Effective July 1, 2009 the wine was given a liquidation price of $18.99. There were approximately 150 bottles remaining at that time. As I stated the PLCB received wine from the first container of this wine to the US. I believe that subsequent shipments of the wine may have contained questionable juice. In the spring of this year, my office was offered the Bodegas Murcia Sierra Carche 2006 which we declined. I will personally pull a bottle from our remaining 2005 inventory to see if there is any cause for concern. Again thank you for passing the information along to me.
An email yesterday morning to importer Mark Clinard seeking clarification about the winery, the three lots, the production volume, and possibilities for customer refunds was not returned. Reached on his cell phone yesterday morning, he said he had no comment at this time.
Late yesterday someone posted to the fourms at wineberserkers.com using the handle BVM winemaker.
We produced a single tank of 180 hl for Sierra Carche 2005 and a sample was submitted to the Wine Advocate for tasting in November 2007. We bottled the full quantity over two days and labeled 20,000 bottles for Well Oiled Wine Co order (lots 8113 & 8114) and we reserved the remnant (3,600 bottles) into clean skin stock (lot 7033). Following the wine’s successful reception among customers and reviewers, we shipped the remnant lot 7033 to additional markets including 1050 bottles to the US. At the request of Mark Clinard at WOW Co following the complaint by the Wine Advocate, we re-tasted the wine and while we found no problems, we also sent samples for analysis at an independent laboratory. We will report the results as soon as they are available. In the meantime, in keeping with our policy on all wines delivered to any customer, BVM will honor any returns of Sierra Carche 2005.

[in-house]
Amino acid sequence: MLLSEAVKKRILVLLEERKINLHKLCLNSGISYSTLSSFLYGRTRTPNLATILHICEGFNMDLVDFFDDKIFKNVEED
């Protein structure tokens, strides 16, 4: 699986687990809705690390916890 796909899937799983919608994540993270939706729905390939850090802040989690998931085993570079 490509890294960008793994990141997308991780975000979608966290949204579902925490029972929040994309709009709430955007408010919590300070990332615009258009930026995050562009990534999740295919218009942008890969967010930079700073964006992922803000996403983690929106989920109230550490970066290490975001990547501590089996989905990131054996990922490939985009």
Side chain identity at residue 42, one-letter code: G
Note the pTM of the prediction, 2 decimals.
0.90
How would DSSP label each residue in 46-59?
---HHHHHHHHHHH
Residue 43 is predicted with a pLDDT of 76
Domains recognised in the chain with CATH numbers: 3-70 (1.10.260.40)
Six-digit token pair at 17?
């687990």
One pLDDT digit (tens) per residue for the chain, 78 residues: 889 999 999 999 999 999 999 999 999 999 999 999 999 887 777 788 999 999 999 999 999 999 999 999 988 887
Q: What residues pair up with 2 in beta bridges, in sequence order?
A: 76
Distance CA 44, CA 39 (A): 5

The saga of Sierra Carche is a fascinating and still unfolding tale. One of the largest questions is what protections do consumers have? Have you ever been like Robert Kenney and bought a lot of wine based on a score without trying it? Do you think that wine stores should honor returns of this wine, as Wine Library is doing? (Not all states may allow returns and some may limit the length of time that a shop could return a wine to the distributor.) Although there appears to be nothing illegal with what has happened, and, if real, the “BVM winemaker” has offered returns of all wine so consumers like Robert Kenney can be made whole assuming the three tier system allows it.